Do you know how much your data centers truly cost to operate? Is your IT team struggling to balance infrastructure management with its other responsibilities? Are you concerned about breaches or whether your data center is vulnerable to natural disasters, power grid issues or aging hardware failure?
At Compass Solutions, we can help you determine whether migrating to a colocation model is right for you.
What Is Colocation?
Colocation is either implementing your own IT infrastructure (servers, storage, routers/VPN devices, phone systems, etc.) or leasing those resources from a provider that has a facility specifically built for that purpose. Employees at any business location can then access the data via remote connections.
The colocation provider maintains the servers, provides power and cooling, and monitors the connections and bandwidth needed for data access.
Why Should I Consider Colocation?
Colocation can offer a lot of value if you’re looking for:
- Saving time and money. Instead of paying directly to power, cool, monitor, and repair/upgrade your data center servers, the costs are condensed in a single colocation bill. Your team no longer has to worry about time spent managing your equipment, and can turn its attention to the IT projects that are most important. The economies of scale typically give you a better environment at a lower overall cost of ownership than can be achieved on your own.
- Better data security. Your colocation provider specializes in protecting and monitoring your data. Since this is its business, it has resources that are 100% focused on protecting the environment. Most organizations don’t have a resource dedicated to that with such a level of experience.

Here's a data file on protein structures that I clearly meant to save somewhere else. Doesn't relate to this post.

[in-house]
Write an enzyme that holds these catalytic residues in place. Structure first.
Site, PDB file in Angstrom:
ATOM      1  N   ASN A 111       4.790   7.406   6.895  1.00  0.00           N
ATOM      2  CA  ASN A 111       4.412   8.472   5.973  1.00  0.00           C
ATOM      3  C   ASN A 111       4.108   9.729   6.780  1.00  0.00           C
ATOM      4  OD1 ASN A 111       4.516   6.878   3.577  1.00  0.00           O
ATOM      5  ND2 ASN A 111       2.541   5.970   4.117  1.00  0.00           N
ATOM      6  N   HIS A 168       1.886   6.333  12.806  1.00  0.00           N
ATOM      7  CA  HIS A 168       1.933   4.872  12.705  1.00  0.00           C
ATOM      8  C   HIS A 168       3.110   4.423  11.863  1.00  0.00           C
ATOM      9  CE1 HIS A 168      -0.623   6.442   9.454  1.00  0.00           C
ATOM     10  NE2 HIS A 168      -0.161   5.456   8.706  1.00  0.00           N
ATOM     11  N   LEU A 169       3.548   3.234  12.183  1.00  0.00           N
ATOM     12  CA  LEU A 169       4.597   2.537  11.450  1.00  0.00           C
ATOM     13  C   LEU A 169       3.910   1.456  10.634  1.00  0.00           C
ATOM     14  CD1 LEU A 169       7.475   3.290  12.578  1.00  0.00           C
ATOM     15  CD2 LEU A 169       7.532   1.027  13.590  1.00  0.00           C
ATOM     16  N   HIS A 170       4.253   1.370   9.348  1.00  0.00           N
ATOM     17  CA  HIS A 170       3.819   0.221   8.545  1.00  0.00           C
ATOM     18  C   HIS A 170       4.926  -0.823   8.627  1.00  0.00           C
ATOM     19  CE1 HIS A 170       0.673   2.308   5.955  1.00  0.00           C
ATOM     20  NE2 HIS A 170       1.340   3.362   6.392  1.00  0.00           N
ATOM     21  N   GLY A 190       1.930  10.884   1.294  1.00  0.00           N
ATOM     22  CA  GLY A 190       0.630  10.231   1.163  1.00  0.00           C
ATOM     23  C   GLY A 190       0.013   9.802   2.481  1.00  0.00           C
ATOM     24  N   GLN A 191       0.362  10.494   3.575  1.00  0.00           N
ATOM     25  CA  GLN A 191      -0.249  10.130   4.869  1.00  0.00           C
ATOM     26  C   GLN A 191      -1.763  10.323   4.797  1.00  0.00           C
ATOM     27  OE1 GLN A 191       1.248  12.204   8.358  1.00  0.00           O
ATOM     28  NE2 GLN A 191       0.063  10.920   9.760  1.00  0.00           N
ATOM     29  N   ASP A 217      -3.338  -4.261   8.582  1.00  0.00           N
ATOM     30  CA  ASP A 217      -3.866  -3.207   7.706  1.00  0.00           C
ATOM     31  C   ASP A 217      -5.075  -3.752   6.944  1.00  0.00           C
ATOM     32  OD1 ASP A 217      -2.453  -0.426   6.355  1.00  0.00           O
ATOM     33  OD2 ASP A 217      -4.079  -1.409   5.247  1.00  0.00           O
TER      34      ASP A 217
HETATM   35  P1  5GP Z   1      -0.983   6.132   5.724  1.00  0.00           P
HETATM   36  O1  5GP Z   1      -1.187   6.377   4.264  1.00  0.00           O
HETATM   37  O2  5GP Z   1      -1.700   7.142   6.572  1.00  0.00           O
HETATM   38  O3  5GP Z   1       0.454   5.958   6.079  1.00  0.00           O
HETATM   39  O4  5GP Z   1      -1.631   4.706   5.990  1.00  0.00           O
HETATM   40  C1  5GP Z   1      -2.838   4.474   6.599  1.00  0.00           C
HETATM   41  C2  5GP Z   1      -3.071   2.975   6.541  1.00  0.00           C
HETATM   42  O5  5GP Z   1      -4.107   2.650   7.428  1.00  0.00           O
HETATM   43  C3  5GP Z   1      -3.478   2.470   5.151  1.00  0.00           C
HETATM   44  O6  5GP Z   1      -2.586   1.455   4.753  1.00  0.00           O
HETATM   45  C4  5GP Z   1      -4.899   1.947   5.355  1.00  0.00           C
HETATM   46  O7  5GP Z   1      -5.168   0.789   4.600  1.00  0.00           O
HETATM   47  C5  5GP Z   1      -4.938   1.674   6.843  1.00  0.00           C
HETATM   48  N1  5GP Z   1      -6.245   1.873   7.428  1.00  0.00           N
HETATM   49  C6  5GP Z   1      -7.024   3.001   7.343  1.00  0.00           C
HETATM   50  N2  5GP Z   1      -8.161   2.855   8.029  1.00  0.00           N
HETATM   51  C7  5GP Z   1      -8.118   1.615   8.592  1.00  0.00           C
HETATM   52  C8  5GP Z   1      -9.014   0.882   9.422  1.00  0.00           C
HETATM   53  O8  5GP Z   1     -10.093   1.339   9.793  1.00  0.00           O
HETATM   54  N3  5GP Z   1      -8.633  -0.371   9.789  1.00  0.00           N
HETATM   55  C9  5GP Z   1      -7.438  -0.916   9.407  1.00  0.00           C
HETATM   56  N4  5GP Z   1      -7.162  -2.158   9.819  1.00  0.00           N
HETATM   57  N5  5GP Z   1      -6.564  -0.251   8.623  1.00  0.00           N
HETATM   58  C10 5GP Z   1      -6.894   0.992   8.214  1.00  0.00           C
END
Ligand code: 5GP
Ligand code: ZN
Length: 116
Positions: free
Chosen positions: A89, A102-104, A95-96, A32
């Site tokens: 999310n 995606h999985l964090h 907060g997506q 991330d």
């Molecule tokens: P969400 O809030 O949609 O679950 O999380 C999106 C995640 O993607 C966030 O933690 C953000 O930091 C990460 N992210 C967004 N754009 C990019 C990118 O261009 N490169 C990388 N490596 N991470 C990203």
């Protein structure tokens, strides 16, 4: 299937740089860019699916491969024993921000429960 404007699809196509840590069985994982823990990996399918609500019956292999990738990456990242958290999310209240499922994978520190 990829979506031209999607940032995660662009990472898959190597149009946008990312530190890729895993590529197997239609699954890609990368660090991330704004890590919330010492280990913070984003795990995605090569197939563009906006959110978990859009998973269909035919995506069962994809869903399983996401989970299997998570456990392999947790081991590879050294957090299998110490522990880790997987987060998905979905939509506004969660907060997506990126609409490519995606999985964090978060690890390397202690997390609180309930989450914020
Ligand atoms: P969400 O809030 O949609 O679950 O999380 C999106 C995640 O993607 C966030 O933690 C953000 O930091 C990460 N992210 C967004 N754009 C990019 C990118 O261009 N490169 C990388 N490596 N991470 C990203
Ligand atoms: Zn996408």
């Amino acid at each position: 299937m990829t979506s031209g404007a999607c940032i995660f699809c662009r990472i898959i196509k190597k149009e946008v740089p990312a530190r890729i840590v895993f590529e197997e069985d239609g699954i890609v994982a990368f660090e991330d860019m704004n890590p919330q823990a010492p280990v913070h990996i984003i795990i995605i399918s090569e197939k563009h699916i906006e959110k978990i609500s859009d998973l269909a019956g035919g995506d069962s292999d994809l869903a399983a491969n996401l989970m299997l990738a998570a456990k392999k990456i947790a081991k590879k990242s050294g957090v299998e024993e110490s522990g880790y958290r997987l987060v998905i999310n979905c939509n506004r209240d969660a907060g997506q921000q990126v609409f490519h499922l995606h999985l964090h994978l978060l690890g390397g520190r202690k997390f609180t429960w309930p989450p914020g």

- Improved scalability. Instead of guessing how much server space you’ll need, colocation allows you to add or reduce storage when your business needs it. It allows for rapid expansion and protects against over-spending on equipment.
- Centralized data access. If you have multiple locations, it can be difficult to make sure that all of your employees can reliably and consistently access necessary IT resources. Colocation makes it easier for end-users and locations to access the IT resources they need.
- Stronger business continuity. Colocation facilities are often located in weather-stable areas and are constructed to protect against fires, floods, blackouts, and other disasters. Geographical diversity is accomplished by utilizing multiple colocation facilities, and allows for immediate fail-over and load-balancing.
- Telecommunication options and redundancy: Colocation facilities typically have multiple telecom providers with diverse entry options that are On-Net — meaning they provide less expensive options and more reliable bandwidth.
- More uptime. Reliability and uptime are built into your service-level agreement (SLA) with your colocation provider. Many businesses see improved uptime compared to when their data was hosted on-premises.